Monday, August 24, 2015


As you may know I work for a horse publication, but don't have any real horse experience.  Except I love watching them.  My favourite has been at Cavalia which amazes one how horses are capable of performing at such a high level.  When you look at horses you realize they could easily hurt you without meaning to.  As a youngster I had watched a throrobred race at the rails and honestly although exciting it also frightened me.  Rodeos draw attention by demonstrating how violent some horses can be.

"Buck" was recommended to me by a contact in the course of working for The Rider.   She thought the movie presented one of the best horse trainers and someone she admired.  I am grateful she was strong in her praise and fortunately it was readily available.

One of Buck Branaman's comments was that his role was really dealing with the problems horses have with people.  Most people do not really understand horses and tend to work under the premise that fear (and reward) is what motivates the horse.  This in fact results in a lot of resistance from the horse.

Buck grew up with an abusive father.  He and his older brother were trained as trick ropers and earned money as entertainers.  The two even appeared on a tv show, but more commonly at live shows.  They endured regular beatings and after their mother died the beatings got worse.  Eventually they were given to foster parents who succeeded in changing their lives for the better.

His foster father encouraged young Buck to learn how to fix horseshoes.  Buck advanced his horse education and as a young man pretty much thought he knew it all.  He encountered Ray Hunt, a horse trainer with a different philosophy which was more to work with the horse instead of creating fear.  At first Buck was skeptical, but found himself attending Ray's clinics as often as possible and at one point working with him.

A phrase Buck uses was "starting" a horse instead of the much more common "breaking" a horse.  Instead of breaking the willpower of horse they found ways to work more gently.  He pointed out you can use force to make a horse understand what you want, but it is far better to develop a "soft touch."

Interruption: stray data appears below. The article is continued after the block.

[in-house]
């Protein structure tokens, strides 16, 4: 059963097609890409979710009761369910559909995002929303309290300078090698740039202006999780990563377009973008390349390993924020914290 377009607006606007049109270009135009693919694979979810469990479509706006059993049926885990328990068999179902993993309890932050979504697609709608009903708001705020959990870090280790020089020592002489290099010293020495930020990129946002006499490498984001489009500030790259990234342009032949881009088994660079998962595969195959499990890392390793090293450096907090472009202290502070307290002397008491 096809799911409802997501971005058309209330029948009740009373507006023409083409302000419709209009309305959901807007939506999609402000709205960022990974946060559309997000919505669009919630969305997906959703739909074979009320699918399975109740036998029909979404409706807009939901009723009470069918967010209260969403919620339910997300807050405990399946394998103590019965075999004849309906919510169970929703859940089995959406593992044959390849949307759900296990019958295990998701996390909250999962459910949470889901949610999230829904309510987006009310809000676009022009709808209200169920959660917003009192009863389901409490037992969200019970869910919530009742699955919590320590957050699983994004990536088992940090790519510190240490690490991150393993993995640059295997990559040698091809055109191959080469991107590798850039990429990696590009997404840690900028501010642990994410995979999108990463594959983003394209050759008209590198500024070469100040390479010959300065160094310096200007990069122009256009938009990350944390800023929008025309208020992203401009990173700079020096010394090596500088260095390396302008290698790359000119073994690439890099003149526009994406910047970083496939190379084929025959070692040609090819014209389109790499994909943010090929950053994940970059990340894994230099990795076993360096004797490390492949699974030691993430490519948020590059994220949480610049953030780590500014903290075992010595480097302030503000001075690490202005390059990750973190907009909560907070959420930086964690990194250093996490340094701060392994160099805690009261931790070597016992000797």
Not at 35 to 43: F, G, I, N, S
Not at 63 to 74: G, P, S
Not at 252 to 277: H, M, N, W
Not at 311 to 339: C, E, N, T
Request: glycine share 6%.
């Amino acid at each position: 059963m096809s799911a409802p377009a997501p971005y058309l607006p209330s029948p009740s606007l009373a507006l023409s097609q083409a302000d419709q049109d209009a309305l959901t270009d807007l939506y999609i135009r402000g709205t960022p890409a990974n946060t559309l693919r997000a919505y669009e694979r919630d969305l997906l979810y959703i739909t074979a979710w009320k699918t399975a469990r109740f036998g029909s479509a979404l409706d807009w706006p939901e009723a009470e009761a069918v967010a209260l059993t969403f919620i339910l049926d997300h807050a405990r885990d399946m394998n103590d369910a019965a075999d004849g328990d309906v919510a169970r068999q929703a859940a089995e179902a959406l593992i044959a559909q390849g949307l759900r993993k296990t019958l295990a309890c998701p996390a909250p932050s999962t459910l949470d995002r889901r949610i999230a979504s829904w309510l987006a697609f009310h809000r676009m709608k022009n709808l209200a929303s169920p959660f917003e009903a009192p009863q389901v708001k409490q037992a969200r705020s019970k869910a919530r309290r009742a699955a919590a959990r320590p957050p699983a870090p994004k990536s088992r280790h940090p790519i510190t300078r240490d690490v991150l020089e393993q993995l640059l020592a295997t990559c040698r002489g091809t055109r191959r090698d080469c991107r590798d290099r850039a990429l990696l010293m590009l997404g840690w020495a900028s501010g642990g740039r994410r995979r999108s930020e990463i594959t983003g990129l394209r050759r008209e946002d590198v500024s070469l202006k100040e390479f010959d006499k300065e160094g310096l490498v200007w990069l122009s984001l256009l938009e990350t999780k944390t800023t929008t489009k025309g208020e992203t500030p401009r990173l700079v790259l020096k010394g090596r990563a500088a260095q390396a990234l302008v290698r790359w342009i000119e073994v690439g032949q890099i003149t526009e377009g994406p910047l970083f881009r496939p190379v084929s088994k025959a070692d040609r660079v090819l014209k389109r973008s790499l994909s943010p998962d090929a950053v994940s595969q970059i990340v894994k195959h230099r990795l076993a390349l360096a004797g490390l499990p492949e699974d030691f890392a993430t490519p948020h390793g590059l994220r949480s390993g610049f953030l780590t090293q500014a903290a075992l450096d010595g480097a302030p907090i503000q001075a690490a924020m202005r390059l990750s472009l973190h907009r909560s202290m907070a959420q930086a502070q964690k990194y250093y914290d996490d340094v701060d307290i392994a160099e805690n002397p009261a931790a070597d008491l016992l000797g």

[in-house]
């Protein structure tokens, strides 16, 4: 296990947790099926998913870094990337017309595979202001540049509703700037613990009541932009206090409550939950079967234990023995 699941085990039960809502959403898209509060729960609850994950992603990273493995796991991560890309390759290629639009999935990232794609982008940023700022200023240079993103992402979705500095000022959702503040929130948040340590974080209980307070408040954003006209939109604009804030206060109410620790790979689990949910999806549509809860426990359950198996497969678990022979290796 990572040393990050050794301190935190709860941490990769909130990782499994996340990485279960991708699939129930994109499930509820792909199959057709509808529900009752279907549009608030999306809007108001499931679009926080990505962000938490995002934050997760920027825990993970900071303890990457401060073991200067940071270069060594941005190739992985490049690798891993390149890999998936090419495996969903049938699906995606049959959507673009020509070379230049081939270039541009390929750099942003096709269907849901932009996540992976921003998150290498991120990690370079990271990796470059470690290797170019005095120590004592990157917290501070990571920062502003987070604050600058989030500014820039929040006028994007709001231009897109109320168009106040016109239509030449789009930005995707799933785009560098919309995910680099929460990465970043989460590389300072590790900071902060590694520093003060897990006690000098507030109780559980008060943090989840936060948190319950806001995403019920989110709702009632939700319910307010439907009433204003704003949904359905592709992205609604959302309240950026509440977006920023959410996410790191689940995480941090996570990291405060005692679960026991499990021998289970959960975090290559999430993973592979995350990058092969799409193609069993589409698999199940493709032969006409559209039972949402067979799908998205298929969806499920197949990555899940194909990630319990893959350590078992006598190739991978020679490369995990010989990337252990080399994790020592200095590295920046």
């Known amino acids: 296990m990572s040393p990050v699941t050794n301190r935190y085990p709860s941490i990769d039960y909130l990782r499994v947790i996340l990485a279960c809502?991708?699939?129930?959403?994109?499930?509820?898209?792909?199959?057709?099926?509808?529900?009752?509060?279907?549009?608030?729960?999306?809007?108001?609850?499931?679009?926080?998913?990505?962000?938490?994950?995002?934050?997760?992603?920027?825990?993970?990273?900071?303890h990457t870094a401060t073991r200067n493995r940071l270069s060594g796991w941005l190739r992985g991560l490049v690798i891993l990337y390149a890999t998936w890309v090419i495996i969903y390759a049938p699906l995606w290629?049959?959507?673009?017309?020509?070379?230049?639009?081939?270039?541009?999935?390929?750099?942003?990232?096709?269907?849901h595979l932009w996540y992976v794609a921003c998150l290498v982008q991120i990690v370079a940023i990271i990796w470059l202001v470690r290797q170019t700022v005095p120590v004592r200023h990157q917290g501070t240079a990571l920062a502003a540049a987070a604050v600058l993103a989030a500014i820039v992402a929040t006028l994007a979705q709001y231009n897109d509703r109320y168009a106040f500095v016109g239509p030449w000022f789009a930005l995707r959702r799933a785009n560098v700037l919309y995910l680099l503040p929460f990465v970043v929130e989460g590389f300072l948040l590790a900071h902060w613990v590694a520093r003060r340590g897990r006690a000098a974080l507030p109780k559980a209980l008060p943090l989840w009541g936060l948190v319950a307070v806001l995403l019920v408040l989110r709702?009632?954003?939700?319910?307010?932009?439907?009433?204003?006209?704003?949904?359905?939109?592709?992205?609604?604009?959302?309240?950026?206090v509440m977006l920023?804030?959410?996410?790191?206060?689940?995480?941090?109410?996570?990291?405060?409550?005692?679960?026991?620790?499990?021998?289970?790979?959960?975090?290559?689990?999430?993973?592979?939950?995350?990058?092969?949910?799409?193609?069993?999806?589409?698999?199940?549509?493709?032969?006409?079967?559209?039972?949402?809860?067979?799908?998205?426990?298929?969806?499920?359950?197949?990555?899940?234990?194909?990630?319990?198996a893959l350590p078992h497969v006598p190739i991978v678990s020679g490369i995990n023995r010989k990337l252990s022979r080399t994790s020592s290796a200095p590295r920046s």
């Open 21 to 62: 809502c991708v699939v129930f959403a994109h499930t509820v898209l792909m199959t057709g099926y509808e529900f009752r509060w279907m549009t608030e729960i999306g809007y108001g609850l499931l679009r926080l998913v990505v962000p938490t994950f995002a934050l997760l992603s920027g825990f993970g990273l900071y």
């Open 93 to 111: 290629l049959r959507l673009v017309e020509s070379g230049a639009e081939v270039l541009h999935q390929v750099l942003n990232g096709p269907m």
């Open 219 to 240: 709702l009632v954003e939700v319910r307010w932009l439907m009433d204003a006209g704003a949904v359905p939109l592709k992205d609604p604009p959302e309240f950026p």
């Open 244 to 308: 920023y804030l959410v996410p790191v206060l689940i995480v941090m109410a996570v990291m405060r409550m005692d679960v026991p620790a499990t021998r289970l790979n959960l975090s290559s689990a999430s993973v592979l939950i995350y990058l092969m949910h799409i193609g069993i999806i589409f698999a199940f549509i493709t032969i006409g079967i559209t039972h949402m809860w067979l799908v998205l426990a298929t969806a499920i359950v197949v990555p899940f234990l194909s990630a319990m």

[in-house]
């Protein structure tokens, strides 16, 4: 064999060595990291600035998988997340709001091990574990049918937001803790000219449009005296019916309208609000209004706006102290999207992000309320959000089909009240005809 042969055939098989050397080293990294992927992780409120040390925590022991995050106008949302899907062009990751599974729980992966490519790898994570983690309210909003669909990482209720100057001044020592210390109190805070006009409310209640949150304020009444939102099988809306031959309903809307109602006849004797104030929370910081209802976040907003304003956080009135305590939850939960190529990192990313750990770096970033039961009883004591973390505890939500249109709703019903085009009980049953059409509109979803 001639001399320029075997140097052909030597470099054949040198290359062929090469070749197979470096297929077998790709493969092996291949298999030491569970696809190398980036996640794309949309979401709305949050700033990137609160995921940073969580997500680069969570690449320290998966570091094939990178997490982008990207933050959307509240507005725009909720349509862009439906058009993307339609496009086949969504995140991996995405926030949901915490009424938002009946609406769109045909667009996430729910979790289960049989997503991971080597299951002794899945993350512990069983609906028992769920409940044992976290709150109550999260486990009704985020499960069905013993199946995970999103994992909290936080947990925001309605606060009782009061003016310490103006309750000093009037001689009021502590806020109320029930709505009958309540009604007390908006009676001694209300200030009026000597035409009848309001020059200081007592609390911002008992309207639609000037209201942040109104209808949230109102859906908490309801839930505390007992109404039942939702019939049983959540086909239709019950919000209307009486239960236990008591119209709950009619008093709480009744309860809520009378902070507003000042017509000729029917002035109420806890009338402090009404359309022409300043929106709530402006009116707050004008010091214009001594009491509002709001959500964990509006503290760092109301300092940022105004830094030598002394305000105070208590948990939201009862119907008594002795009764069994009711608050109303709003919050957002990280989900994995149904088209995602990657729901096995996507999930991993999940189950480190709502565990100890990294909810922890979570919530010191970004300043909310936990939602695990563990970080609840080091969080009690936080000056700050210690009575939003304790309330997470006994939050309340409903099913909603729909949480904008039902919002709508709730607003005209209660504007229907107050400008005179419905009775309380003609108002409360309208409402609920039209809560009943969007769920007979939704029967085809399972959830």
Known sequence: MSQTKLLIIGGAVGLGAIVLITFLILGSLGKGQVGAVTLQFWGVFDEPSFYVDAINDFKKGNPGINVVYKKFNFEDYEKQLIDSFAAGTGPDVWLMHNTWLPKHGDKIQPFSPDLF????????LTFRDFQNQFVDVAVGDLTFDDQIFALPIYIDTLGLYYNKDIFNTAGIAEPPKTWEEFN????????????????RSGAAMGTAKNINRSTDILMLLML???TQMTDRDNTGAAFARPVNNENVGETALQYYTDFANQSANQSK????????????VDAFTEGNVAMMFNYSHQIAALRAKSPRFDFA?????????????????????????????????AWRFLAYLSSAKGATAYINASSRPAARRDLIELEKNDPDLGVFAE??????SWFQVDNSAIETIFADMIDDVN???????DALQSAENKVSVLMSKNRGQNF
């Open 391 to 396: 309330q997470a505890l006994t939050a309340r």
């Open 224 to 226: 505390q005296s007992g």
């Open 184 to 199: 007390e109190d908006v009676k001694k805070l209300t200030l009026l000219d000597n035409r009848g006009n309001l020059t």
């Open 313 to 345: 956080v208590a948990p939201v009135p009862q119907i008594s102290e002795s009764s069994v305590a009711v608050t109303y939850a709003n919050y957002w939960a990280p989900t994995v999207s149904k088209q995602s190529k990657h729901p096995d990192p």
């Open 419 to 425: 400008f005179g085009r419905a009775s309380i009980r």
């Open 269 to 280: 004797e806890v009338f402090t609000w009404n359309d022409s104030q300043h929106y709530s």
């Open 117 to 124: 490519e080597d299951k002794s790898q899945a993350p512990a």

I had read the book and seen the movie, The Horse Whisperer and was fascinated with the training methods.  Robert Redford called in a bunch of horse experts including Buck Branaman.  One of the most impressive scenes of the movie was when Robert Redford first confronted a violent horse and exercised some control almost immediately.  As part of "Buck"  Robert explained that they had wasted a whole day trying to do that scene with Hollywood horses.  They were reluctant to take Buck's advice on what they considered a technical problem.  Nonetheless using a few minutes of their time Buck proved he understood the problem better.  There was mutual respect between the two men.

Although Buck was on the road giving horse clinics across North America for about nine months of the year he had good relations with his wife and daughters.  His wife joined him on the road when possible and his daughters actually took part in some of his clinics during their summer breaks.

Much of his advice was pertinent to human relations.  Horses are a very unique wonderful animal, but I suggest anyone could benefit from watching this movie as well just enjoying it.  Horses can teach us a lot.

Cavalia really did leave a strong impression:

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